In case you haven't heard, she said she's open to cutting it.
Mark Pazniokas and Deirdre Shesgreen (No she's not! El-Oh-El! I bet she never heard that one before!) of the CT Mirror picked up on this story yesterday.
Press access to Republican Linda McMahon tightened Friday as her Senate campaign ended formal media interviews and continued its policy of limiting information about her campaign schedule.Wow. Just wow.
I think that's the sort of strategy someone who really isn't sure of herself might take. Compare that to Sen. Lieberman, who would have walked over his mother in the closing weeks of the 2006 campaign to get to a microphone. How does a candidate in this modern era of immediate media access think it's a good idea to shut them out in the critical remaining days of a campaign?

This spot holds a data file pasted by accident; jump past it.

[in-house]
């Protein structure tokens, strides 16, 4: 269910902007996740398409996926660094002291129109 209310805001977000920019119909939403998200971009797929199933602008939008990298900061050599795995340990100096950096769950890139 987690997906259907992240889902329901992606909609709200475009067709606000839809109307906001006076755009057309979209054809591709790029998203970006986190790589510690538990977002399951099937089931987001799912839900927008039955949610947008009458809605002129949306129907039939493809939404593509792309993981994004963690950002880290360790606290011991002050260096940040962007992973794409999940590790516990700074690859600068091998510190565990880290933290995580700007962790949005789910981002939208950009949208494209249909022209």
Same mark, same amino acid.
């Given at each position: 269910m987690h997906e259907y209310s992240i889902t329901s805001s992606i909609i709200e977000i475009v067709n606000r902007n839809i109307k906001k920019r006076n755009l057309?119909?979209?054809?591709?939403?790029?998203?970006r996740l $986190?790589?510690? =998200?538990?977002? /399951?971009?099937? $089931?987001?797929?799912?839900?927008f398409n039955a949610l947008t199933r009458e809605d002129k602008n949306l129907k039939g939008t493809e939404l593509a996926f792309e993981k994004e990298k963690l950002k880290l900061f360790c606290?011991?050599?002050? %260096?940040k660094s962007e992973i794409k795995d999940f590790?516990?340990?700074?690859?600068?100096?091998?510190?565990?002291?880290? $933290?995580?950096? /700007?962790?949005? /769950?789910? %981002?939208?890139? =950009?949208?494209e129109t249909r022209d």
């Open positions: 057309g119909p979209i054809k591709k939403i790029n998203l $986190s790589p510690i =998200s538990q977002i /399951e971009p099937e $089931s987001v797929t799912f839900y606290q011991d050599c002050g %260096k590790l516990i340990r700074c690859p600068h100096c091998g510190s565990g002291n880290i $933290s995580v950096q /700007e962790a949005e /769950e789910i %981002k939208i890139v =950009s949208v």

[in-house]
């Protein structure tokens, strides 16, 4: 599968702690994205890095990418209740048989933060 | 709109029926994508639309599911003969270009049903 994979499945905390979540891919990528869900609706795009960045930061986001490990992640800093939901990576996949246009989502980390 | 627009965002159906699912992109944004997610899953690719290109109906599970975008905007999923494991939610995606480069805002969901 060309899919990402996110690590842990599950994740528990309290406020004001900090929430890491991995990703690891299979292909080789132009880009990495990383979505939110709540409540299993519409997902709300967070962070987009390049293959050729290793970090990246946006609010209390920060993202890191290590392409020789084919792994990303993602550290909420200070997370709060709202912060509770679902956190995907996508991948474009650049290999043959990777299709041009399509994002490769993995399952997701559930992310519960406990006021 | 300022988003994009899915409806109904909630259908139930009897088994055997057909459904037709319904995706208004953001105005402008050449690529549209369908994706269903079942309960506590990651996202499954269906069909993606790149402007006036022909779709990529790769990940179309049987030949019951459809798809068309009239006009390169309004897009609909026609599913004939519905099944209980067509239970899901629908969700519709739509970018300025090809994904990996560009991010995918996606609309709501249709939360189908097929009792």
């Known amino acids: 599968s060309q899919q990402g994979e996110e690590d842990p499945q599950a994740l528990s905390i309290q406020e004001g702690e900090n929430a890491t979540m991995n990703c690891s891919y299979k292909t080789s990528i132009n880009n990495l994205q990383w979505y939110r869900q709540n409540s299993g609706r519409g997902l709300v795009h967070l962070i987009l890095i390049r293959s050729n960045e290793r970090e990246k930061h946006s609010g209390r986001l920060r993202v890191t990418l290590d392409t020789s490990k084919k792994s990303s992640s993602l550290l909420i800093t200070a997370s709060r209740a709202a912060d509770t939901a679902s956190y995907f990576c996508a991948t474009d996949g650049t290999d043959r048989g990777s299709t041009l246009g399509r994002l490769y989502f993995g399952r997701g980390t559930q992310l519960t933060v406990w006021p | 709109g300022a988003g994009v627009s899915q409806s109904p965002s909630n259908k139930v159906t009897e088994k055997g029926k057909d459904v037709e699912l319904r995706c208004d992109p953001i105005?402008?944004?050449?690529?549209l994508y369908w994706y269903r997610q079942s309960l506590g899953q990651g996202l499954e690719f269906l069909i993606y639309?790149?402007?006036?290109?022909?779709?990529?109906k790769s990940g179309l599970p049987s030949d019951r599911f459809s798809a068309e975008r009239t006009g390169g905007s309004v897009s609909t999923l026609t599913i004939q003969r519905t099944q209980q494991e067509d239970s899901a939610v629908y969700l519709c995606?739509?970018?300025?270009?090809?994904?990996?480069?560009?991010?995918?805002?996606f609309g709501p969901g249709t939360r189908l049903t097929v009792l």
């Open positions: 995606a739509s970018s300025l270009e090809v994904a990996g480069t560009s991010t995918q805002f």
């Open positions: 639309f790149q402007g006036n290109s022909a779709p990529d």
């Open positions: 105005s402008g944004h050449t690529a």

I'll tell you who. Someone who's not entirely sure of her values or beliefs. Someone who doesn't have a good command of the important issues. Someone who's likely to be lost and ineffective if elected.
Is this the way a winner behaves?
Is this how a senator should act?
Funny how someone who was never shy about play-acting in front of thousands of slack-jawed yokels at her stupid wrestling events suddenly finds herself tongue-tied.
But maybe it's because she's already said too much:
McMahon has had some rocky press conferences, which by nature are unpredictable events. Her failure to clearly answer questions about whether she would freeze, cut or eliminate the minimum wage generated a frenzy of bad press.Yeah, she's obviously the sort of senator we don't need speaking for us.
Another general press availability about an earlier poll turned into a extended back-and-forth on her approach to extending the Bush-era tax cuts. She said she was for an all-or-nothing approach, extending the cuts for everyone or no one.
She since has refused to say how she would vote on a bill that only extended the cuts for all but the richest two percent of taxpayers.